Spain's new democratic constitution became the supreme law of the land with its publication (29 December) in the official government gazette.
Spain's new democratic constitution became the supreme law of the land with its publication (29 December) in the official government gazette. This formally ended a three-year transition from dictatorship to democracy.
SYNOPSIS: The signing of the new constitution by King Juan Carlos two days earlier heralded a new era for Spain. Since the 1936-1939 civil war that brought General Franco to power, the country lived under strict dictatorship until the start of a three-year transition period. The new constitution is aimed at ending the rancour and violence engendered nearly 40 years ago.
And parliament is to be dissolved to allow for general elections on March the 1st.
The terms of the new constitution leave little room for the legacies of the late General France. It guarantees the civil liberties suppressed during his 36-year rule. Freedom of the press is one of them. Although some residual laws regulating the press are restrictive, they are not frequently applied. The constitution guarantees freedom of speech, the right of free assembly and the right to strike. Dozens of laws stand in need of change to conform with the new constitution.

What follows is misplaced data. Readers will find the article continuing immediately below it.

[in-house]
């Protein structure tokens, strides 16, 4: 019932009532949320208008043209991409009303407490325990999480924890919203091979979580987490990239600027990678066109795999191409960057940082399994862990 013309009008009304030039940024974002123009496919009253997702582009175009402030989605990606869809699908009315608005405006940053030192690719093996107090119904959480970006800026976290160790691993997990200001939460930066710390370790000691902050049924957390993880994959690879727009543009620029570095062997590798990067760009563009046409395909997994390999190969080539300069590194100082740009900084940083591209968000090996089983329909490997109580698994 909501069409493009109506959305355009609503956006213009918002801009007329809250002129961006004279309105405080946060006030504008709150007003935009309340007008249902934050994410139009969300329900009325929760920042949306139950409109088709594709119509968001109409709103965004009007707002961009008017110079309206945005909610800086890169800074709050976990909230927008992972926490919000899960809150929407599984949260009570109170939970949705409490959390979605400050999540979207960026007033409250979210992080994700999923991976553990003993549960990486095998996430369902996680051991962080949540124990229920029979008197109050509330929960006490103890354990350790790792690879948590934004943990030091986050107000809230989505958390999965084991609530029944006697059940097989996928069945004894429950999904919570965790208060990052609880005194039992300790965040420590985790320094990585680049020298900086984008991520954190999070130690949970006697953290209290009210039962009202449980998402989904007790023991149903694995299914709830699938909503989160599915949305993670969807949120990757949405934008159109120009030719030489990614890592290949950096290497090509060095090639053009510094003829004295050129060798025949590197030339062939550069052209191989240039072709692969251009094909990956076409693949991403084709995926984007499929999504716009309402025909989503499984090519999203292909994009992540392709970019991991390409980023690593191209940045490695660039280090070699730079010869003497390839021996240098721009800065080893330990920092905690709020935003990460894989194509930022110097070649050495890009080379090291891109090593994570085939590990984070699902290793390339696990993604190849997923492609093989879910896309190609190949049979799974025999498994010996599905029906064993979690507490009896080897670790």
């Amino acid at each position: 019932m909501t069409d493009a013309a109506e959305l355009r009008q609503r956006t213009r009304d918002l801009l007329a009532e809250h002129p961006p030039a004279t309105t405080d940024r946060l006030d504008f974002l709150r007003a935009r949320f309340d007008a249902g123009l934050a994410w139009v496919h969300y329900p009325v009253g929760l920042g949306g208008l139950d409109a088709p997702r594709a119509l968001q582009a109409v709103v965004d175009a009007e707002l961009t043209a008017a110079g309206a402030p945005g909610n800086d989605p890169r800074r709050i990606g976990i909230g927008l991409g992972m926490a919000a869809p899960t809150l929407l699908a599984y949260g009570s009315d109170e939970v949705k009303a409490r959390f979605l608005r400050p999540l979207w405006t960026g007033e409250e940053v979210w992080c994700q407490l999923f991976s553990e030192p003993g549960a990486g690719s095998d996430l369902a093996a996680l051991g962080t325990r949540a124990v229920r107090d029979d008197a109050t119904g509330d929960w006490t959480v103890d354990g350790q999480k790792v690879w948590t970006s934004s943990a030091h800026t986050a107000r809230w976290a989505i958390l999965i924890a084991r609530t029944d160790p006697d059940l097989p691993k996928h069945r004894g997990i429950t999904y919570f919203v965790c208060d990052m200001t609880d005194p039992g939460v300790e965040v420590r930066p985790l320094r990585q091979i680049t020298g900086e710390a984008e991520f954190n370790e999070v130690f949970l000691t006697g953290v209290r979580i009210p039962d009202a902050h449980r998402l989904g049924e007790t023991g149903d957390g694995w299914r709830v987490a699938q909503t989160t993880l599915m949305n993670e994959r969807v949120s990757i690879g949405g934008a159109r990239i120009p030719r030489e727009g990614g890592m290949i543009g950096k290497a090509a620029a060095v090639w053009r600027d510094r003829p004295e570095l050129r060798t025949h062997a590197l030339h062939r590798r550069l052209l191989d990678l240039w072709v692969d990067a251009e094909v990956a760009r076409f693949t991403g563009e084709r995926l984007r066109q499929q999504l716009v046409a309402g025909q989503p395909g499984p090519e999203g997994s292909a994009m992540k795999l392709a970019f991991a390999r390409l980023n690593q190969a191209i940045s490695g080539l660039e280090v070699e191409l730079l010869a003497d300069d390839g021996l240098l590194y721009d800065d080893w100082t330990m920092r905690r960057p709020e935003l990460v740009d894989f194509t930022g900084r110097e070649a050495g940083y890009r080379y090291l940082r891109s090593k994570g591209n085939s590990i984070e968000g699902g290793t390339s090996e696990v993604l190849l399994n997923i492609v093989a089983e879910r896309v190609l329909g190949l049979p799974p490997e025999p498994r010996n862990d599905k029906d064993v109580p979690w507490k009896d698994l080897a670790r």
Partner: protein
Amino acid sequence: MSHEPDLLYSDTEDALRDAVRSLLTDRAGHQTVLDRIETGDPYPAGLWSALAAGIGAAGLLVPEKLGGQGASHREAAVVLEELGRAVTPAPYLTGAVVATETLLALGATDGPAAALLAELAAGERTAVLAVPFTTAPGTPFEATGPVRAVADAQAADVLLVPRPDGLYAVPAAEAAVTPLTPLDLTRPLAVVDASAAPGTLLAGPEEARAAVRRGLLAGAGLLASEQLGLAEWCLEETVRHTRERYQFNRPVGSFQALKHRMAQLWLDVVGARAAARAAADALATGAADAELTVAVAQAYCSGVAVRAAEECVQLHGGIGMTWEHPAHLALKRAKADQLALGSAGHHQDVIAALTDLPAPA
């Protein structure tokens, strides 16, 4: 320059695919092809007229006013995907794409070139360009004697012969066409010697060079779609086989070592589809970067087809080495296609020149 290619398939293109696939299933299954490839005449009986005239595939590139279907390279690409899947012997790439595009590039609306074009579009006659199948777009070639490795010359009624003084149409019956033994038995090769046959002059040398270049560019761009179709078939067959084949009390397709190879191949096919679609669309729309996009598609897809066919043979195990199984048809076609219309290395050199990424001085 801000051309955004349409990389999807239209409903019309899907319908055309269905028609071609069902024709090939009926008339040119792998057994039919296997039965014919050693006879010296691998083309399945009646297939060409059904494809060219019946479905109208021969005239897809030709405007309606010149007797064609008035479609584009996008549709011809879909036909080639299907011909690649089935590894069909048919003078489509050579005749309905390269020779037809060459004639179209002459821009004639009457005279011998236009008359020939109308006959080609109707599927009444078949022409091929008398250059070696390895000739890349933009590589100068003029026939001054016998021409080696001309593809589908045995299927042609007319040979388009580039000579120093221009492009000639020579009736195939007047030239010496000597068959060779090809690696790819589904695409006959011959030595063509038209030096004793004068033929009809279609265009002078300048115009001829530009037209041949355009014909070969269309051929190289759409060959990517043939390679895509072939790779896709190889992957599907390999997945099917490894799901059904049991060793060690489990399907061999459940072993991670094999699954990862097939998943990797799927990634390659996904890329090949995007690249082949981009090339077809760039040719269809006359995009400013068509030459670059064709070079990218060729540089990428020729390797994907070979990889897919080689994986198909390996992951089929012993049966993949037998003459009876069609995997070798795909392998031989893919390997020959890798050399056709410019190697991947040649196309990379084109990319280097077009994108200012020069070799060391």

When the constitution was published the Justice department announced that civil marriage would be available to all Spaniards for the first time since the civil war. The constitution bars discrimination on religious grounds. Under General Franco, Roman Catholicism was the official religion.
And end to torture is among the rights guaranteed prisoners. The people of Spain will soon face their first elections under the new constitution.